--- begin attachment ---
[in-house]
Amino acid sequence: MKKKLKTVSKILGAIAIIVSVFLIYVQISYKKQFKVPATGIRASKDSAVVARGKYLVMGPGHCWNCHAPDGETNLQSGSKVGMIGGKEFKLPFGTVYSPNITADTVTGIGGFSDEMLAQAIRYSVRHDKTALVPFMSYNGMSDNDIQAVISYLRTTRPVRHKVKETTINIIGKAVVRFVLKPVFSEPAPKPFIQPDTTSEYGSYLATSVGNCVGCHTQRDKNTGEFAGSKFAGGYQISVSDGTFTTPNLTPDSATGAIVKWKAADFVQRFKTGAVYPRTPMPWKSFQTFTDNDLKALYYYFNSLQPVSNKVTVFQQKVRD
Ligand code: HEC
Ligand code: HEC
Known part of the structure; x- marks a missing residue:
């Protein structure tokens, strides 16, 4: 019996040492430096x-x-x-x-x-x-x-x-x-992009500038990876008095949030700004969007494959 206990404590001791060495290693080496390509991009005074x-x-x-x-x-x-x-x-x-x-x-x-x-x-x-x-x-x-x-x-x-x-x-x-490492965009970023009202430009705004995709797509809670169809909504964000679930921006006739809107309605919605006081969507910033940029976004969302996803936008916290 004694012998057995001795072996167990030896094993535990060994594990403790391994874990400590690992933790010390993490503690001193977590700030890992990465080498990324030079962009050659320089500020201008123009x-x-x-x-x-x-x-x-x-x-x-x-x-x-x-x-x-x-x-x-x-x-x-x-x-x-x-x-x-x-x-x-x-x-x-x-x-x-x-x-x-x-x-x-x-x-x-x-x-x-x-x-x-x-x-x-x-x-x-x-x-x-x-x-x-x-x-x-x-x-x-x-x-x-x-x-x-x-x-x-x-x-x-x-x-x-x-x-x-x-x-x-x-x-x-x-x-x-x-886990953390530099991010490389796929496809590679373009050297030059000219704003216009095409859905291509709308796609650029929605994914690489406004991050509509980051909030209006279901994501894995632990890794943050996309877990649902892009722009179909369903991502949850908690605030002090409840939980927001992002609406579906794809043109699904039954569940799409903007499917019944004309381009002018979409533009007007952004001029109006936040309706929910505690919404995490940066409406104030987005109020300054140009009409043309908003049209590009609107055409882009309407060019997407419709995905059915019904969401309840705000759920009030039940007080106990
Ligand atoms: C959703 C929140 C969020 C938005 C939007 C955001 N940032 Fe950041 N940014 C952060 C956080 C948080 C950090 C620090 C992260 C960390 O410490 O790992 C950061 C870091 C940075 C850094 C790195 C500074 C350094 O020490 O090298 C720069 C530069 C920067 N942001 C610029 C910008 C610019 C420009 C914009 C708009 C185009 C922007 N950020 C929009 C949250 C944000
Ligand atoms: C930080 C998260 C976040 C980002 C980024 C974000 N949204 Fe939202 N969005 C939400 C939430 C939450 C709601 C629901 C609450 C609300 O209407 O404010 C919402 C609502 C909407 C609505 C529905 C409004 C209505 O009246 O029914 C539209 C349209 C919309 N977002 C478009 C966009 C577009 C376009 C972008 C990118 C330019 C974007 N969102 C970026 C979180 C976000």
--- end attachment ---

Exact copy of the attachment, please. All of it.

[in-house]
Amino acid sequence: MKKKLKTVSKILGAIAIIVSVFLIYVQISYKKQFKVPATGIRASKDSAVVARGKYLVMGPGHCWNCHAPDGETNLQSGSKVGMIGGKEFKLPFGTVYSPNITADTVTGIGGFSDEMLAQAIRYSVRHDKTALVPFMSYNGMSDNDIQAVISYLRTTRPVRHKVKETTINIIGKAVVRFVLKPVFSEPAPKPFIQPDTTSEYGSYLATSVGNCVGCHTQRDKNTGEFAGSKFAGGYQISVSDGTFTTPNLTPDSATGAIVKWKAADFVQRFKTGAVYPRTPMPWKSFQTFTDNDLKALYYYFNSLQPVSNKVTVFQQKVRD
Ligand code: HEC
Ligand code: HEC
Known part of the structure; x- marks a missing residue:
């Protein structure tokens, strides 16, 4: 019996040492430096x-x-x-x-x-x-x-x-x-992009500038990876008095949030700004969007494959 206990404590001791060495290693080496390509991009005074x-x-x-x-x-x-x-x-x-x-x-x-x-x-x-x-x-x-x-x-x-x-x-x-490492965009970023009202430009705004995709797509809670169809909504964000679930921006006739809107309605919605006081969507910033940029976004969302996803936008916290 004694012998057995001795072996167990030896094993535990060994594990403790391994874990400590690992933790010390993490503690001193977590700030890992990465080498990324030079962009050659320089500020201008123009x-x-x-x-x-x-x-x-x-x-x-x-x-x-x-x-x-x-x-x-x-x-x-x-x-x-x-x-x-x-x-x-x-x-x-x-x-x-x-x-x-x-x-x-x-x-x-x-x-x-x-x-x-x-x-x-x-x-x-x-x-x-x-x-x-x-x-x-x-x-x-x-x-x-x-x-x-x-x-x-x-x-x-x-x-x-x-x-x-x-x-x-x-x-x-x-x-x-x-886990953390530099991010490389796929496809590679373009050297030059000219704003216009095409859905291509709308796609650029929605994914690489406004991050509509980051909030209006279901994501894995632990890794943050996309877990649902892009722009179909369903991502949850908690605030002090409840939980927001992002609406579906794809043109699904039954569940799409903007499917019944004309381009002018979409533009007007952004001029109006936040309706929910505690919404995490940066409406104030987005109020300054140009009409043309908003049209590009609107055409882009309407060019997407419709995905059915019904969401309840705000759920009030039940007080106990
Ligand atoms: C959703 C929140 C969020 C938005 C939007 C955001 N940032 Fe950041 N940014 C952060 C956080 C948080 C950090 C620090 C992260 C960390 O410490 O790992 C950061 C870091 C940075 C850094 C790195 C500074 C350094 O020490 O090298 C720069 C530069 C920067 N942001 C610029 C910008 C610019 C420009 C914009 C708009 C185009 C922007 N950020 C929009 C949250 C944000
Ligand atoms: C930080 C998260 C976040 C980002 C980024 C974000 N949204 Fe939202 N969005 C939400 C939430 C939450 C709601 C629901 C609450 C609300 O209407 O404010 C919402 C609502 C909407 C609505 C529905 C409004 C209505 O009246 O029914 C539209 C349209 C919309 N977002 C478009 C966009 C577009 C376009 C972008 C990118 C330019 C974007 N969102 C970026 C979180 C976000």